Ankles Smile for the CameraTendinopathy affects tendons by causing pain, swelling, and poor physical performance. It isn't simply a problem of inflammation as in tendinitis. Rather, tendinopathy causes degeneratation in the cellular make-up of the tissue. Tendinopathy of the Achilles tendon--the tendon that joins the calf muscles to the heel bone--often comes from intense athletic training and overuse. People with this condition often get better without surgery. But about 25 percent of people with chronic problems need surgery.
Achilles tendon surgery using large incisions (open surgery) causes wound healing problems in 10 to 15 percent of patients. These authors wanted to explore the use of a less invasive surgical technique. They used an endoscope, an instrument with a tiny camera on the end of it. This lets doctors see inside the body without making big incisions in the skin. This instrument has been used in many joint surgeries. However, only a few studies have examined endoscopic surgery for tendon problems.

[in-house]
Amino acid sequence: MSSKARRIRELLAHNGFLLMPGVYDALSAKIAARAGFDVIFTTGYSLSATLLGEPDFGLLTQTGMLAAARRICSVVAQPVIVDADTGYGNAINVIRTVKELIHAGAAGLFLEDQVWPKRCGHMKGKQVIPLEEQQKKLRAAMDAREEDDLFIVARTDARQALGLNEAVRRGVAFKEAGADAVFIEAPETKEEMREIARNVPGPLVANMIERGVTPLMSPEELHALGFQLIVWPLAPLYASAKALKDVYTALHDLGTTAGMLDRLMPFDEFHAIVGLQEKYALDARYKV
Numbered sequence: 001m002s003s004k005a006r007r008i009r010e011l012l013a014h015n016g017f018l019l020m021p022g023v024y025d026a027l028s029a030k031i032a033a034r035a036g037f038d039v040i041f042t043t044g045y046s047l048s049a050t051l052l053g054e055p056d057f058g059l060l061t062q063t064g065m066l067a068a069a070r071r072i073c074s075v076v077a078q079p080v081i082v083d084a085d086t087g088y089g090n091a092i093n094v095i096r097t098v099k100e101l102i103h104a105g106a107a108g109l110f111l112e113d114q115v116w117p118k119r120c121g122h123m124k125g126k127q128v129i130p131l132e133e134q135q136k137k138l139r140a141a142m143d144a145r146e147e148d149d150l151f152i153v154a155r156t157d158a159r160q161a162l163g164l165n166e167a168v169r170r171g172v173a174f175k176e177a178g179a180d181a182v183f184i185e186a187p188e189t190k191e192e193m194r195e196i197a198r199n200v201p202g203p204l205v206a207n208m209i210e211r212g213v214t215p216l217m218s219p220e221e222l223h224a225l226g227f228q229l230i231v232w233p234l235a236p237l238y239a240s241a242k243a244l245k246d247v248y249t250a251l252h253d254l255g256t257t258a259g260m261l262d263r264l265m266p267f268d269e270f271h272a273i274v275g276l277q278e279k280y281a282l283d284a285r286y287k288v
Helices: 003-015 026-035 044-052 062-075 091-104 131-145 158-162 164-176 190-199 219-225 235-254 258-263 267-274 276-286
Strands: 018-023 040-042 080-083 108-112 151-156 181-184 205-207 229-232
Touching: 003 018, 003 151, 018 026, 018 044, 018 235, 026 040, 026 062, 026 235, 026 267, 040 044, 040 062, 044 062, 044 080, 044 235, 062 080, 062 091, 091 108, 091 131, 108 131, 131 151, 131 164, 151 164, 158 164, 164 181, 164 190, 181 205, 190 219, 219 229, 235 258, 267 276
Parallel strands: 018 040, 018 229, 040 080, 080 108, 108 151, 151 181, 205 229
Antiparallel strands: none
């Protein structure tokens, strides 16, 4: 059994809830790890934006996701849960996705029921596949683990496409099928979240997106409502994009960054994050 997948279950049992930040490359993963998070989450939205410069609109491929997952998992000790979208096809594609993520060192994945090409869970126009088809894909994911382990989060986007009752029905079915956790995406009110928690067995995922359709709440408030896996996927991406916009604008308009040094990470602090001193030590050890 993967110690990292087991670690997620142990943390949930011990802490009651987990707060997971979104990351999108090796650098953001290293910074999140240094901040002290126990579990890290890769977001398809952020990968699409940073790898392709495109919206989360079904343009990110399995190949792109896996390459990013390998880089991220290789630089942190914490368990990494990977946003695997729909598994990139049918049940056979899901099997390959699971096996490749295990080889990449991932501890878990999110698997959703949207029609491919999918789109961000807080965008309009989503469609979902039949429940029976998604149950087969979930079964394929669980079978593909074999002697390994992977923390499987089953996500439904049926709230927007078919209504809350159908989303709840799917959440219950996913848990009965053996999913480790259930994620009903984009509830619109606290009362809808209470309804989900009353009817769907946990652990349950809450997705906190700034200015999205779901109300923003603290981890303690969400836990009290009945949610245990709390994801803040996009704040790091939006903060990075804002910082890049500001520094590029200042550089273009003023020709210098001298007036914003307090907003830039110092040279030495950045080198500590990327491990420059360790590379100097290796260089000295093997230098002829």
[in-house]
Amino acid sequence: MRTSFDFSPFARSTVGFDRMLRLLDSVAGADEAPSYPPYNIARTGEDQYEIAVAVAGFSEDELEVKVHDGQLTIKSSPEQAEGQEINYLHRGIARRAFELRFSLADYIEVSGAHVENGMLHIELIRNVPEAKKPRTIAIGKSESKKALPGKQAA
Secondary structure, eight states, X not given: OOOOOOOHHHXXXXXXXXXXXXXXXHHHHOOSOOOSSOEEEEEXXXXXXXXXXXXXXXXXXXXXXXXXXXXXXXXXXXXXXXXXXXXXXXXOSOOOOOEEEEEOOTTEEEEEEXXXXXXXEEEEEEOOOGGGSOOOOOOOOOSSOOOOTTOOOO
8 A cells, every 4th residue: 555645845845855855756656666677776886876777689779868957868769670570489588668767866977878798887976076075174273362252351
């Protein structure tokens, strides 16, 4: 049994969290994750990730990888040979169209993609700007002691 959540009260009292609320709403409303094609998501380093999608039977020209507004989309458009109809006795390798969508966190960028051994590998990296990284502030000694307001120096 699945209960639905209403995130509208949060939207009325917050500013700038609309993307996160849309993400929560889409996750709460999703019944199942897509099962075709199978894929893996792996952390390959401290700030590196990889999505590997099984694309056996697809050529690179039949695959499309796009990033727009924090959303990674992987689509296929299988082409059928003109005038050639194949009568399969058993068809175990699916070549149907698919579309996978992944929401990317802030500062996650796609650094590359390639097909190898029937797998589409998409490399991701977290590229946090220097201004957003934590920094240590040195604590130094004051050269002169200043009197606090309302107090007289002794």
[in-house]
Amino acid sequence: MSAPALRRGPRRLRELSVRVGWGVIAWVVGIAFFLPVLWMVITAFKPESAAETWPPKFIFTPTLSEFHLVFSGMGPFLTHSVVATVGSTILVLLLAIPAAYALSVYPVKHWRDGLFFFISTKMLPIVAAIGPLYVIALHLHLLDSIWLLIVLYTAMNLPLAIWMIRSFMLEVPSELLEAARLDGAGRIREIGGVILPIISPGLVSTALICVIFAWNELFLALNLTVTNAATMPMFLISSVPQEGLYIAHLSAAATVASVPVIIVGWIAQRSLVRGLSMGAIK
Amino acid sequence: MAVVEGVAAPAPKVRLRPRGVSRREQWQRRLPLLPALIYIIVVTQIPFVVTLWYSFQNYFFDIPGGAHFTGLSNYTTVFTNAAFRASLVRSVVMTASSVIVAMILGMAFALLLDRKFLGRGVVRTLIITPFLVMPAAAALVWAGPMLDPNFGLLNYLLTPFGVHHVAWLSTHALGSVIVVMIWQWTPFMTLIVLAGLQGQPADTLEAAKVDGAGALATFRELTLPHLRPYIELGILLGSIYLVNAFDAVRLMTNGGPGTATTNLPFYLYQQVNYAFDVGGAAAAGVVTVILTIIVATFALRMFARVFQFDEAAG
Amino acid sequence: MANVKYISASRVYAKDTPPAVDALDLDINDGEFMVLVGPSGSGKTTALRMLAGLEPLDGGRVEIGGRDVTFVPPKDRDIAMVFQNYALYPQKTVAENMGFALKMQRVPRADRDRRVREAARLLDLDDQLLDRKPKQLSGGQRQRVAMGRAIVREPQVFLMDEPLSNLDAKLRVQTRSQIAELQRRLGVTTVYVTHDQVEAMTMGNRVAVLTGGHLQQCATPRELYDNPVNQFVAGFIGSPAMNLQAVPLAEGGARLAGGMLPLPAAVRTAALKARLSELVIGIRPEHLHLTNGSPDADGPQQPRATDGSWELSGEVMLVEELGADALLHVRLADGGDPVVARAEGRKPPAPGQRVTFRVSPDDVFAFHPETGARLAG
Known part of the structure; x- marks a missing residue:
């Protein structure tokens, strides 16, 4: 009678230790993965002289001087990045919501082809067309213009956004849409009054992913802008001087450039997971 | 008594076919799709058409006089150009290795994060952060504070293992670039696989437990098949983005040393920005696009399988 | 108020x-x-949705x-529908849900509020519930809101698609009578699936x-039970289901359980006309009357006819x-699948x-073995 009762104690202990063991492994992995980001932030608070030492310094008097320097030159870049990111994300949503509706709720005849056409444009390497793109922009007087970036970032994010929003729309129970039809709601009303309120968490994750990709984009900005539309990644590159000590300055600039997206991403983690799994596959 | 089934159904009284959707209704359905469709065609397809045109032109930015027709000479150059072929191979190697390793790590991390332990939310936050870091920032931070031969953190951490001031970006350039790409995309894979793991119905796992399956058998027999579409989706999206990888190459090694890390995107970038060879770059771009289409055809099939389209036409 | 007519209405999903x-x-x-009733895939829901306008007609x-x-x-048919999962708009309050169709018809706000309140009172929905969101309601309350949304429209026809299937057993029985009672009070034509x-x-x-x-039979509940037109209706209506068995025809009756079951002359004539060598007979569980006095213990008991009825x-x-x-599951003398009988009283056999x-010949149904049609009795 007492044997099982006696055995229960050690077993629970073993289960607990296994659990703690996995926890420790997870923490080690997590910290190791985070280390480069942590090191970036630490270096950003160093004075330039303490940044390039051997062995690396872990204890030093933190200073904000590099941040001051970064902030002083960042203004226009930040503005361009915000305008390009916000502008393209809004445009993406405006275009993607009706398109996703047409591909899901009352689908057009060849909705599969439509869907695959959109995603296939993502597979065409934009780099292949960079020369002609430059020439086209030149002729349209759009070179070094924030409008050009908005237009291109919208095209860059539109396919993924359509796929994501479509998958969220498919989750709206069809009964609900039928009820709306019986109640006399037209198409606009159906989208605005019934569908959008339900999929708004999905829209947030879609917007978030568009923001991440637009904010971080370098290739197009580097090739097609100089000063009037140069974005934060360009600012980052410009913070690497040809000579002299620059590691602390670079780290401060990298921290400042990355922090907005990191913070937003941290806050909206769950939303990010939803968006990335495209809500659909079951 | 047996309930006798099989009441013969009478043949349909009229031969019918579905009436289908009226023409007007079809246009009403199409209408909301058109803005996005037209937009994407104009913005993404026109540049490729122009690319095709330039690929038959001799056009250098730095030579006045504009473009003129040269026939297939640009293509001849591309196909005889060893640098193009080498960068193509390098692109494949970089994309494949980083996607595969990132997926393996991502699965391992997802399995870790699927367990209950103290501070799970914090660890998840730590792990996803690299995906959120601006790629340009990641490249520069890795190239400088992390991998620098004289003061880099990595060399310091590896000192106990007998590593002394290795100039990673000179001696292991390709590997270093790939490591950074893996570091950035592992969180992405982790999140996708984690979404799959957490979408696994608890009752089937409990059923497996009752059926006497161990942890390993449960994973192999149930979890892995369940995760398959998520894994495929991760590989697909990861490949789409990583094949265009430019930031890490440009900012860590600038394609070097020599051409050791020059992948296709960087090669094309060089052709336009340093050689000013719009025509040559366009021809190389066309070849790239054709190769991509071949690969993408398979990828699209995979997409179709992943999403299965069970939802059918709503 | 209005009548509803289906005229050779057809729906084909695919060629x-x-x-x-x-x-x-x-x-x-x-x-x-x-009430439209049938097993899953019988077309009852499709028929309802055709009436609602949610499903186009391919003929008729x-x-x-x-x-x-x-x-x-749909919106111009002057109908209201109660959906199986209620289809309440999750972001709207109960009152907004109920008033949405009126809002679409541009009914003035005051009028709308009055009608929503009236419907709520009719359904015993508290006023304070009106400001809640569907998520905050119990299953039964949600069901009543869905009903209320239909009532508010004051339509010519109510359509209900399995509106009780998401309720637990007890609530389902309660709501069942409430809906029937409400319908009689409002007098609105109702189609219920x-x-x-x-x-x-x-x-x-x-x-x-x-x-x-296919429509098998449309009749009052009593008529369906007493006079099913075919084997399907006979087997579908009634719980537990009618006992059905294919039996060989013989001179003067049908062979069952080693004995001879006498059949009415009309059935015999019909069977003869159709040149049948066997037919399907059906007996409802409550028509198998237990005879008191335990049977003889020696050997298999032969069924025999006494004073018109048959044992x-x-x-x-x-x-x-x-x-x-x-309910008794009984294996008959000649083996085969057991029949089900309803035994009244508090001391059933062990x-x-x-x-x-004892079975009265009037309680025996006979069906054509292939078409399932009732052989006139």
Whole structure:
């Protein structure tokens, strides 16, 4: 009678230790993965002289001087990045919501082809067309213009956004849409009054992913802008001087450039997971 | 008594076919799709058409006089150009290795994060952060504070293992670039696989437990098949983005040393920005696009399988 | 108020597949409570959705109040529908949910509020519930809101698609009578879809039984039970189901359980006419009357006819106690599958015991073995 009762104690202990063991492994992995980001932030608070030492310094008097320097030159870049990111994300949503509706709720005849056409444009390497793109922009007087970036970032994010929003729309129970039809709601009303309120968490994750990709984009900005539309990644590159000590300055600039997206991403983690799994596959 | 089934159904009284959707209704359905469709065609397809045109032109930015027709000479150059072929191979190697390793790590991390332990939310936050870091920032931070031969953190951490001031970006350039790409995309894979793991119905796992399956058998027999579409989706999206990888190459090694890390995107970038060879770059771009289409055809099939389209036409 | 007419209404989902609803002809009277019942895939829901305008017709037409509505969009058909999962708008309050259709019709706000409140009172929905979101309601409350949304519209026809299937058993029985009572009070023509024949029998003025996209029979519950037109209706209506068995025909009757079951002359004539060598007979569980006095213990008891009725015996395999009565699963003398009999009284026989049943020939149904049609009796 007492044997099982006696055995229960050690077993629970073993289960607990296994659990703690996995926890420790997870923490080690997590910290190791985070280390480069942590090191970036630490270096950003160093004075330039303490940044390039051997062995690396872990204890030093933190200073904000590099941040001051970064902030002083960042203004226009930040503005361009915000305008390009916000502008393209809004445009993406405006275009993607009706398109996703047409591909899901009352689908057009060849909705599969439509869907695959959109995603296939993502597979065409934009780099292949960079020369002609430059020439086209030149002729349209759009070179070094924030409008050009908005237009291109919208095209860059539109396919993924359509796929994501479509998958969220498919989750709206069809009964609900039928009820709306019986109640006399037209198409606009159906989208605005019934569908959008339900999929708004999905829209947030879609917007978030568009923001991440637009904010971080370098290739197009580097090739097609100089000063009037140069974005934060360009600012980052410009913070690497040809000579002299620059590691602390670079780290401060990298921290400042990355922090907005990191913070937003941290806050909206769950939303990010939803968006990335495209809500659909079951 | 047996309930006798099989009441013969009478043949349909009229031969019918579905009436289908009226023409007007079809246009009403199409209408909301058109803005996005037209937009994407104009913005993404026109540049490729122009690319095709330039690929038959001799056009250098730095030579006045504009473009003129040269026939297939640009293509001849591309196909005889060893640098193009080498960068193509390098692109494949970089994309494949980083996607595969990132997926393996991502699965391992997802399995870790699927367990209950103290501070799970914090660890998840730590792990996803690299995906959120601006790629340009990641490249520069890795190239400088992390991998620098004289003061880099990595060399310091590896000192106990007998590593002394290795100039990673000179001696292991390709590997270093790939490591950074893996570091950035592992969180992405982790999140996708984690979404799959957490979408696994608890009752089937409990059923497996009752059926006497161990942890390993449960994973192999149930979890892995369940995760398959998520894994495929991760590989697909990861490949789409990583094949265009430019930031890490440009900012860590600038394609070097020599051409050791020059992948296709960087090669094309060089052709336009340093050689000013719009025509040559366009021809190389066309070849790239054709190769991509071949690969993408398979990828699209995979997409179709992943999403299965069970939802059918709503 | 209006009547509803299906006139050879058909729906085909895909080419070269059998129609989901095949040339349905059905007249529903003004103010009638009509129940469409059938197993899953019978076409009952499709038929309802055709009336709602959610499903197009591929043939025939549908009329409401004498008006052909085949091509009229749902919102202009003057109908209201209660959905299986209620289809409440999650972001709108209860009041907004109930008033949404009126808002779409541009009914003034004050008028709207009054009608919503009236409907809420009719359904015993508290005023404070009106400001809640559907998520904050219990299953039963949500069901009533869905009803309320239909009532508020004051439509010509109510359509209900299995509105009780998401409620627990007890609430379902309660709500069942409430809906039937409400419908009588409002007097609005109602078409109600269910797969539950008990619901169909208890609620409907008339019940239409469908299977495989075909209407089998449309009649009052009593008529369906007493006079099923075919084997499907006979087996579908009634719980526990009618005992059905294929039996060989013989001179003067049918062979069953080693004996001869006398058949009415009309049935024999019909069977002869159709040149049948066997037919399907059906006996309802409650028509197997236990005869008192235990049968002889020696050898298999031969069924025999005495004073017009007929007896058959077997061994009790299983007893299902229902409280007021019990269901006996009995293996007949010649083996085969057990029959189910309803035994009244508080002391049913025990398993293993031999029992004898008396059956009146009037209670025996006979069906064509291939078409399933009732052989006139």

Seven patients with chronic Achilles problems had this type of surgery. The patients were recreational athletes who didn't improve after a few months of physical therapy. Their symptoms included pain with activity, morning stiffness, tenderness, and poor sports performance. In some cases, they also had changed walking patterns and decreased strength.
Doctors used an endoscope to "release" the inflamed tissue and shave off any damaged tissue. Three to six days after surgery, most patients were allowed to put weight on the affected leg. Patients returned to sports gradually. Three to six weeks after surgery, they started jogging.
Before and after surgery, patients' symptoms were rated on a scale of zero to 100, with zero being the worst symptoms. Before surgery, the average score was 39. About a year after surgery, all but one of the patients scored in the 90 to 100 range. (The patient with the lowest score had stopped rehabilitation because of an unrelated health problem.) MRI showed no degenerative changes in the tendon after surgery.
There were no major complications from surgery. Though the number of patients studied was small, the authors think this procedure may have several benefits over open surgery for the treatment of chronic Achilles tendinopathies. The endoscopic procedure is faster and easier. It reduces symptoms and get patients back to their activities without the added complications of wound healing. Still, more studies are needed to confirm these results.
Javier Maquirriain, MD, et al. Endoscopic Surgery in Chronic Achilles Tendinopathies: A Preliminary Report. In Arthroscopy. March 2002. Vol. 18. No. 3. Pp. 298-303.
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